If you take the road north from Whakataki you will follow the dramatic, rocky windswept coastline to the mouth of the Mataikona River. At low tide the tilted rock strata in parallel lines emerging almost vertically out of the sea looks most spectacular. The beach is mostly rocky with a few sandy stretches and a large area of sand at the river mouth. Rock pools are a feature, and should be scanned for shags, White-faced Heron and Kingfisher.
This coast has been a traditional seafood-gathering area for Maori. Fire sites and shell deposits exposed by wind erosion in the sand dunes indicate old camp sites and middens. Egg-shell fragments of extinct Moa can be picked up on the surface in the dunes at these sites.Birds to look for: The rocky beaches here provide the best opportunities to see Reef Heron anywhere in the Wairarapa. Also look for Red-billed Gull, Black-backed Gull, White-Fronted Tern, Caspian Tern, Black Shag, Little Shag, Variable Oystercatcher, Australasian Gannet (off-shore), Kingfisher (feeding in rock pools in winter) and Californian Quail.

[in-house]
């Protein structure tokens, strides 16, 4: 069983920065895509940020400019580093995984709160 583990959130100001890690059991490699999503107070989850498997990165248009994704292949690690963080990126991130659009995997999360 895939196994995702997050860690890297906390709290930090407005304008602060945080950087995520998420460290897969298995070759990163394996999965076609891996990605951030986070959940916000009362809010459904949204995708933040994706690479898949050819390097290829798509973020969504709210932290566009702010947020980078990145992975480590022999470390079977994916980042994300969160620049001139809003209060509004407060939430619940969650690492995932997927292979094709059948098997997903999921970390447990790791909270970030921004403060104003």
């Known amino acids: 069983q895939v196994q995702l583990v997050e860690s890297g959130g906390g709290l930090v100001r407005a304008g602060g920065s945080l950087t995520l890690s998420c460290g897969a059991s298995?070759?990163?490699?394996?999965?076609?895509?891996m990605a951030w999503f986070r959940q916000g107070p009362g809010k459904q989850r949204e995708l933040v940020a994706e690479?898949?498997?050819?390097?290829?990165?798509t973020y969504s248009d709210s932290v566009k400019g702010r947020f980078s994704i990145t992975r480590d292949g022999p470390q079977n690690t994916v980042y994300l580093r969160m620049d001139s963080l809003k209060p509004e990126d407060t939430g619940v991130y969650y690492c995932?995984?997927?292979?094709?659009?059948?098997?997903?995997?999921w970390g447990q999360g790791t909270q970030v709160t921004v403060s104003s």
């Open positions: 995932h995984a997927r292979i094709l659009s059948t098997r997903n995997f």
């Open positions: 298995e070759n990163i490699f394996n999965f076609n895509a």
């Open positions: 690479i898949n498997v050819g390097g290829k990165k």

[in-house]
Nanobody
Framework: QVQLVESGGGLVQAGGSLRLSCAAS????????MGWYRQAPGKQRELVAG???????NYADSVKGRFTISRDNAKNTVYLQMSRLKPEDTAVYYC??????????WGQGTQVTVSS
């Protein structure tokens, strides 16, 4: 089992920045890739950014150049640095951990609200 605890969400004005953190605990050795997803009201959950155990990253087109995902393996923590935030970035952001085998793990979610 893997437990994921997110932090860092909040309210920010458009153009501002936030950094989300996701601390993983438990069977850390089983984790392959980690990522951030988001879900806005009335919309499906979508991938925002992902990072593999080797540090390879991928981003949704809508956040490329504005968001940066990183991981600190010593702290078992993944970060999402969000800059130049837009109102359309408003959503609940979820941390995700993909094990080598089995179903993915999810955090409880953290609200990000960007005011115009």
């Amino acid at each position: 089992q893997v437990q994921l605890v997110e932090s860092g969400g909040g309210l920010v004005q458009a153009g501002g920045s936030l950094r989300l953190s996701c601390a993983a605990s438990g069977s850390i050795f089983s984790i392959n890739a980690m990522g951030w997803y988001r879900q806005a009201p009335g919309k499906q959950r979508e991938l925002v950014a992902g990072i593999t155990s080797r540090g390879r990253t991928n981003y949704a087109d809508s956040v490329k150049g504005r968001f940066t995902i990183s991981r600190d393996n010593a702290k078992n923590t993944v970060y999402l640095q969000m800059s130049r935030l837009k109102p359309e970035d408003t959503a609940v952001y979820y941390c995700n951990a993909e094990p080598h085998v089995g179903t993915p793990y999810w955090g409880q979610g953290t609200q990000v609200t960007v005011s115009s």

At the Mataikona River mouth, look for: Banded Dotterel, Black-fronted Dotterel and Spur-winged Plover. Blue Penguin nests around coast, often under houses.
In the forested hills behind the beach look for: Tui, Pied Fantail, Grey Warbler, Silvereye, Australasian Harrier and Australian Magpie.
Around road and houses:House Sparrow, Starling, Yellowhammer, Skylark and Welcome Swallow.
How to get there
Continue east along Te Ore Ore Road passing the hospital and shortly after Henley Lake both on your right. After about 20 kms through easy rolling farm land, take the left hand fork to Castlepoint Road. Continue through the hamlet of Tinui until you reach Whakataki. Here, take the left (north) road to Mataikona. Apart from the sealed first two kilometres it is gravel road - quite safe but caution should be exercised on the narrow blind corners.
Holiday homes are rapidly increasing in number but as yet no shops or public toilet facilities are available. Holiday makers put out craypots, dive for paua and surf cast along the beach and at the river mouth.
For more tourist information on this region, please check the Tourism Wairarapa Web site (www.wairarapanz.com).
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